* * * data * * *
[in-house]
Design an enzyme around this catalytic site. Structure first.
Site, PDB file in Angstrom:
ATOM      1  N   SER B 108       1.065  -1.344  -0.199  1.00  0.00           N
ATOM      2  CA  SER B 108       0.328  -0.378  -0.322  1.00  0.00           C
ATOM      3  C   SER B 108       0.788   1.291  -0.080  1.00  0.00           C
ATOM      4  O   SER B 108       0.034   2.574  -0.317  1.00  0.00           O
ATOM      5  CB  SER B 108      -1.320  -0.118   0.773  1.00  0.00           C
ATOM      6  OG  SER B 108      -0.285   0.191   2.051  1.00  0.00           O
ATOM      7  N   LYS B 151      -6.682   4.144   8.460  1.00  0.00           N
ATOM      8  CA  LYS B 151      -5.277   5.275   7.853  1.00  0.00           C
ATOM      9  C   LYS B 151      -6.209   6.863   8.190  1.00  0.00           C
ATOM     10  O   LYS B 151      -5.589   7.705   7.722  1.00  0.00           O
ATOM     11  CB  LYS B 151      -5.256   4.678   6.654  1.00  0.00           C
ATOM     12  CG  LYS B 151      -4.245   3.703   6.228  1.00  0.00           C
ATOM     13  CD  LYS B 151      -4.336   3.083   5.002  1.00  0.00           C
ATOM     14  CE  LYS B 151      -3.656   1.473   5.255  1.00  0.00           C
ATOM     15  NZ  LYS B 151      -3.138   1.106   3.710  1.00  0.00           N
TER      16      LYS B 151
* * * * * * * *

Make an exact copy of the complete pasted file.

[in-house]
Design an enzyme around this catalytic site. Structure first.
Site, PDB file in Angstrom:
ATOM      1  N   SER B 108       1.065  -1.344  -0.199  1.00  0.00           N
ATOM      2  CA  SER B 108       0.328  -0.378  -0.322  1.00  0.00           C
ATOM      3  C   SER B 108       0.788   1.291  -0.080  1.00  0.00           C
ATOM      4  O   SER B 108       0.034   2.574  -0.317  1.00  0.00           O
ATOM      5  CB  SER B 108      -1.320  -0.118   0.773  1.00  0.00           C
ATOM      6  OG  SER B 108      -0.285   0.191   2.051  1.00  0.00           O
ATOM      7  N   LYS B 151      -6.682   4.144   8.460  1.00  0.00           N
ATOM      8  CA  LYS B 151      -5.277   5.275   7.853  1.00  0.00           C
ATOM      9  C   LYS B 151      -6.209   6.863   8.190  1.00  0.00           C
ATOM     10  O   LYS B 151      -5.589   7.705   7.722  1.00  0.00           O
ATOM     11  CB  LYS B 151      -5.256   4.678   6.654  1.00  0.00           C
ATOM     12  CG  LYS B 151      -4.245   3.703   6.228  1.00  0.00           C
ATOM     13  CD  LYS B 151      -4.336   3.083   5.002  1.00  0.00           C
ATOM     14  CE  LYS B 151      -3.656   1.473   5.255  1.00  0.00           C
ATOM     15  NZ  LYS B 151      -3.138   1.106   3.710  1.00  0.00           N
TER      16      LYS B 151